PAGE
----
Listen to Your Swimming Pool Filter Pressure Gauge


Most swimming pool owners take for granted the significance of one of the simplest gadgets included in their pool equipment, the pressure gauge on the main pool filter. This one instrument is the equivalent of a thermometer to the human body. When the variance from 98.6 is too large, either high or low, we know our body is sick and needs attention. The same rule applies to the pressure gauge on a main swimming pool filter. Used properly it can be a pool owner’s best tool to avoid, diagnose, and solve common pool problems.

The first key to using the pool filter pressure gauge as the tool it is intended to be is to establish and document a “normal operating pressure”. This reading should be established immediately after the filter cartridges have been cleaned or when new cartridges are installed. Record this reading, in other words write it down, and store it somewhere that is convenient and easily accessible during your daily or weekly pool maintenance routine.

Then, simply make sure to consult the pressure gauge each and every time you service the pool. Don’t be lazy about checking the pressure. It literally only takes a second or two and it could help avoid a hefty pool repair bill and the embarrassment of a green swimming pool. Typically the main filter should be cleaned or backwashed when the pressure rises no more than 10 psi. But as you monitor the pressure gauge, if the pressure seems abnormally high or low, it means the pool needs attention. Of course it is always possible that the gauge itself could be broken, but for this discussion we will assume it is in good working order.

Pressure Abnormally Low – if the pressure gauge is reading lower than expected it could indicate several different problems. Typically it means something is obstructing the water from getting to the filter. Check to make sure there is an adequate water level in the pool. If the water level is good, check all baskets to make sure they are not clogged with debris and blocking the water flow. Also check the skimmer weir door to make sure it is not stuck in the closed position (up). Another common problem is debris getting past the pump basket and clogging up the impeller.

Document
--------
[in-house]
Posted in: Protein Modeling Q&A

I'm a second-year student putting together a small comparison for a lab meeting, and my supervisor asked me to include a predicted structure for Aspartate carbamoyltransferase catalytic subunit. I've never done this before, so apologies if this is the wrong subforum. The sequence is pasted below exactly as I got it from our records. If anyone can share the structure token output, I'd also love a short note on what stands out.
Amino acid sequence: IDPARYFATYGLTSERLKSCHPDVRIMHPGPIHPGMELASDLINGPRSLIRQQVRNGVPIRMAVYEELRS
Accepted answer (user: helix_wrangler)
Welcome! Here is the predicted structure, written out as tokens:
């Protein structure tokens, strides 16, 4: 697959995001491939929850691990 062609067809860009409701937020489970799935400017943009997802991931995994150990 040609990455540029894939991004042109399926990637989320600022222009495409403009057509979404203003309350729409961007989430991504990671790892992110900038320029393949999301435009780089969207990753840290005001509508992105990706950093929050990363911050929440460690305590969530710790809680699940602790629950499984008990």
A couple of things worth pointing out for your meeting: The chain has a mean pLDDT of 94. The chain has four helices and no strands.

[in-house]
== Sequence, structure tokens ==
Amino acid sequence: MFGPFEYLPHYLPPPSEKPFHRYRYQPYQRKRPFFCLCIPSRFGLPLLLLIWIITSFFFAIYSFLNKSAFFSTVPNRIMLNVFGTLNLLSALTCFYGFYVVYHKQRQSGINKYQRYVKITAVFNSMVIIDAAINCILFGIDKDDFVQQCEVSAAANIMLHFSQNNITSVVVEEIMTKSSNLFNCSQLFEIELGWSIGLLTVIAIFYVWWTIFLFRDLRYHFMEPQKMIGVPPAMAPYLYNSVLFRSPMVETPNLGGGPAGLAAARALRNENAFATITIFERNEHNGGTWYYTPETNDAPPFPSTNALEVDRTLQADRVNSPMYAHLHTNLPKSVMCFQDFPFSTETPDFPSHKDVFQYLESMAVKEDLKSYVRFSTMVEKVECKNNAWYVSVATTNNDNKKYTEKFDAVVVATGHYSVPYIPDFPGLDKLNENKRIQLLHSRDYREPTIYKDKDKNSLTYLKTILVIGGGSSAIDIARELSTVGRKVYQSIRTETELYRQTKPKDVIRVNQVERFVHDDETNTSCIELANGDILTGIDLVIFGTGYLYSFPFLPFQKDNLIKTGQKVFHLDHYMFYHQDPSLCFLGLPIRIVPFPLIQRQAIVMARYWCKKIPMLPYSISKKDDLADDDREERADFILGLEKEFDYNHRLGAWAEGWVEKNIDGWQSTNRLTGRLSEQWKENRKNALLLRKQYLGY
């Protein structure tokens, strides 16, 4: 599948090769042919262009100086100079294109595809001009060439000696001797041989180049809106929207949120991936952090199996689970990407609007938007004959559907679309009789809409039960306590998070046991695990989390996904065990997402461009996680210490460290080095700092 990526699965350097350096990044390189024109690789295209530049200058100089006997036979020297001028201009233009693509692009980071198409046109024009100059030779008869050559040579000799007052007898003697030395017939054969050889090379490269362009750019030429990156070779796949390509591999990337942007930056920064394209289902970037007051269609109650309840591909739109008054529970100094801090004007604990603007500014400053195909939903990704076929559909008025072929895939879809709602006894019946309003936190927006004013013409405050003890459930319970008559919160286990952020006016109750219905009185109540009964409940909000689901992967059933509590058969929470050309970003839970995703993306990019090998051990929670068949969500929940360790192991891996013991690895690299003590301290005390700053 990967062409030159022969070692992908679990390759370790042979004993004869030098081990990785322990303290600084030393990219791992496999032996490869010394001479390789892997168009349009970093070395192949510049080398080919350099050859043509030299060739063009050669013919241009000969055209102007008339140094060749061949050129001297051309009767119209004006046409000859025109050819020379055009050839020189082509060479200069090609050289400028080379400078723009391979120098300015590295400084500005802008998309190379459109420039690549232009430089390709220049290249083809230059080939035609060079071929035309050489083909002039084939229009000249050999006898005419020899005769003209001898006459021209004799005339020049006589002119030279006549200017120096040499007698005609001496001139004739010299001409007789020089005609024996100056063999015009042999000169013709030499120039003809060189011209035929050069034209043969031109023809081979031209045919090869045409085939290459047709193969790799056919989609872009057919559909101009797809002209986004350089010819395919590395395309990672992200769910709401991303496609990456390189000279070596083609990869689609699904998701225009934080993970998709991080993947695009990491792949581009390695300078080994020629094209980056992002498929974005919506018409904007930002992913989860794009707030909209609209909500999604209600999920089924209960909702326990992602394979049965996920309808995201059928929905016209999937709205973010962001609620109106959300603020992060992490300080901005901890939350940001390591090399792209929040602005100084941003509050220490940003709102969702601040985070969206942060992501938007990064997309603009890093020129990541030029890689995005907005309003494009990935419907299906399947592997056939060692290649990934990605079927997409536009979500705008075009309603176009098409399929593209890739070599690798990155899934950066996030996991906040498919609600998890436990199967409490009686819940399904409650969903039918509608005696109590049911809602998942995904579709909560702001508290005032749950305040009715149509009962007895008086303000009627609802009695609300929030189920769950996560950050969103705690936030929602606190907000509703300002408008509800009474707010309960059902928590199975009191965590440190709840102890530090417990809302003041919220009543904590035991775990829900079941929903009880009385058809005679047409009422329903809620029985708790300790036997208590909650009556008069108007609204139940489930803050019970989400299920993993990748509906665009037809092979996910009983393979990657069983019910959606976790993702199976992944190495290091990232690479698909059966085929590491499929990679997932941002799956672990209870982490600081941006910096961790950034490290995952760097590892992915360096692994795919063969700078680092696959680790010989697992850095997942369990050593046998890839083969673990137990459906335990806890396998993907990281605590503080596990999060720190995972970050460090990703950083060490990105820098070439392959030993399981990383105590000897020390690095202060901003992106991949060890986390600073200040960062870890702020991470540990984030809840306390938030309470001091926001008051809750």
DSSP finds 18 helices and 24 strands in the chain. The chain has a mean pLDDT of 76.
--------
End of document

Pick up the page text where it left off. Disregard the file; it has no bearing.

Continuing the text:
Pressure Abnormally High – if the pressure gauge is reading extremely high, it most likely means the filter media is clogged and needs to be cleaned. Another common reason for a high pressure reading is a valve to one of the return lines has been accidentally moved to the closed position. When this happens the water is obstructed from moving back into the swimming pool, which leads to back pressure to the filter and a abnormally high reading.

Unstable Pressure Readings – if the pressure reading is not stabilizing and constantly moving from low to high and back to low, it usually indicates an insufficient water level in the pool or a skimmer weir that is getting stuck. In either of these cases, there isn’t enough water to consistently supply the pump. When there is sufficient water supply the pressure goes up and when the pump starts drawing air the pressure goes down. This is known as “cycling” and should be avoided because it will inevitably lead to damage to the pump motor.

Out of all the tools used to maintain your swimming pool, the main pool filter pressure gauge can be your best friend and save you a lot of time and money in the long run. Monitored properly, the pressure readings will actually tell you a story of the status of the pool in just a few seconds. It is worth the time to document the readings on your main pool filter pressure gauge and start listening to the story it’s trying to tell you!

Source by Dave Franics